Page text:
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How to Store Vegetables to Keep them Fresh

Storing vegetables the right way will keep them fresh and safe to eat. Some vegetables and fruit need to be stored in the refrigerator, others need to ripen before being placed in the refrigerator, and others are best stored at room temperature or in a cool dry place. Find out more about how your favourite vegetables should be stored.

Bonus! Watch the video How to store vegetables to keep them fresh to see this information in action.

Storing leafy greens

Leafy greens stay fresh longer if they’re rinsed, wrapped in a paper towel or tea towel, and refrigerated in a container or sealed plastic bag.   You can do this with lettuce greens, bok choy, Swiss chard, kale and spinach.

Time saving tip – Washing and storing leafy greens as soon as you bring them home will make them more convenient to eat.

Note: Even if you buy prewashed greens it is a good idea to rinse them again when you get home.

Storing asparagus

Asparagus should be stored in the fridge. Keep the stalks moist by wrapping them with a damp paper towel or store the stalks upright in a bowl or glass of cold water.

Storing squash and root vegetables

Squash and root vegetables should be stored in a cool, dark, dry spot outside the fridge like a cupboard or root cellar. You can also store garlic, onions, potatoes, sweet potatoes, yams, pumpkins and rutabaga this way.

Storing tomatoes

For the best-tasting tomatoes, store them at room temperature away from direct sunlight. This will help them ripen evenly. Once they are ripe they can be placed in the fridge.

Storage times are different for each type of vegetable

The guidelines below are for vegetables at their best quality. They still may be safe to eat after the stated times as long as they are not mouldy or rotten. 

Vegetable

How long?

Cupboard/cool room temperature

Potatoes

1-2 weeks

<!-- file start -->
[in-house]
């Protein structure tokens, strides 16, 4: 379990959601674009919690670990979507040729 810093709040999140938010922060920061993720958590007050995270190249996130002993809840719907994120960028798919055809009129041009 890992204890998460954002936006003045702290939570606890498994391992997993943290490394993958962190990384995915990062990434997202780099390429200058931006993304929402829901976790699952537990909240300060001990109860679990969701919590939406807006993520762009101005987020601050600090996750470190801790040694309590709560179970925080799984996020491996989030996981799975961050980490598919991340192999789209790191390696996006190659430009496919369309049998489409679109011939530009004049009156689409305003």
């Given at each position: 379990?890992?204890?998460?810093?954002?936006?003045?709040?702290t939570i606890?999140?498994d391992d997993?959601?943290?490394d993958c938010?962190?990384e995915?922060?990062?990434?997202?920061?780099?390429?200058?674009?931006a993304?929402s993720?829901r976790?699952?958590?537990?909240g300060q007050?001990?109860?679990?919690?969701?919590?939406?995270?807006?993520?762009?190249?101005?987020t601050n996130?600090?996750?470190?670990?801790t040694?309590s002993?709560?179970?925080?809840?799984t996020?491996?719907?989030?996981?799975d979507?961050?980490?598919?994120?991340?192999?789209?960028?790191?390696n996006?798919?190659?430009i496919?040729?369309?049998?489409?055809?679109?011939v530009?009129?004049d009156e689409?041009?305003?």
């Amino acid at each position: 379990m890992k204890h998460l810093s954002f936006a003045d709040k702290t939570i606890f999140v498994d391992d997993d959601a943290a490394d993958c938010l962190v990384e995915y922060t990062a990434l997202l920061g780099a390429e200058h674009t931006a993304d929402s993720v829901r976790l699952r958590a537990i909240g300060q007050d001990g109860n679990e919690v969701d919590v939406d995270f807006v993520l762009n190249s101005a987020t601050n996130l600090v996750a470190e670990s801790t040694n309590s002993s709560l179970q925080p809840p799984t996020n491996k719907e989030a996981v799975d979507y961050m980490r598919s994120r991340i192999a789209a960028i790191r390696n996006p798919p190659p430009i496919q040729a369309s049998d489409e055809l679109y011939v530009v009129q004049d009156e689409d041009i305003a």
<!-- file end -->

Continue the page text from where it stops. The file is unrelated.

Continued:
(2-3 months in a cool, dark place)

Tomatoes

1-5 days

Onions

1-2 months

In the fridge

Asparagus

3-4 days

Beans (green, wax)

3-5 days

Beets

2 weeks

Broccoli

3-5 days

Brussels sprouts

3-5 days

Cabbage

1 week

Carrots

3-4 weeks

Cauliflower

1 week

Celery

1-2 weeks

Corn

1-2 days

Cucumbers

1 week

Green onions

7-10 days

Lettuce

1 week

Mushrooms

4-7 days

Parsnips

3-4 weeks

Peas in the pod

3-5 days

Peppers (green, red)

1-2 weeks

Potatoes (new)

1 week

Rutabaga

2-3 weeks

Spinach

3-5 days

Sprouts

3-5 days

Squash (summer) e.g. zucchini, patty pan

4-5 days

Most vegetables, like carrots, potatoes, broccoli, cabbage and celery should be stored in a plastic bag or container in the crisper of your fridge. Mushrooms are best stored in a paper bag. Vegetables should be stored in a different part of the fridge than fruit. This will prevent them from ripening too fast.

How long can I store canned vegetables?

Canned vegetables can be kept for 1-2 years. Label the can with the date to help you keep track of how long it has been in your cupboard.  

Some canned vegetables will have a “use by” date. This is how long the food will be at its best quality as decided by the manufacturer. Cans that are not damaged and have been stored properly will still be safe to eat after this date.

Freeze your vegetables if you can’t eat them right away

  • Freezing vegetables at home is a fast and easy way to preserve nutrients and enjoy the taste of summer vegetables all year long. 
  • Most vegetables need to be blanched before they are frozen. This means that you should boil the whole or cut up pieces of the vegetable for 1-2 minutes and then immediately place in ice cold water to stop the cooking process. This will keep your vegetables from getting freezer burn. Frozen vegetables will be fine for up to one year.
  • Freezing is not recommended for artichokes, Belgian endive, eggplant, lettuce greens, potatoes (other than mashed), radishes, sprouts and sweet potatoes.

If you have questions about how to freeze your favourite vegetable, an EatRight Ontario Registered Dietitian can help. Call 1-877-510-5102 or send an email.

Watch the video How to store vegetables to keep them fresh to see this information in action.

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Video: How to store vegetables to keep them fresh

Video: How to store fruit to keep them fresh

Vegetable and fruit food safety facts

Last Update – November 28, 2017

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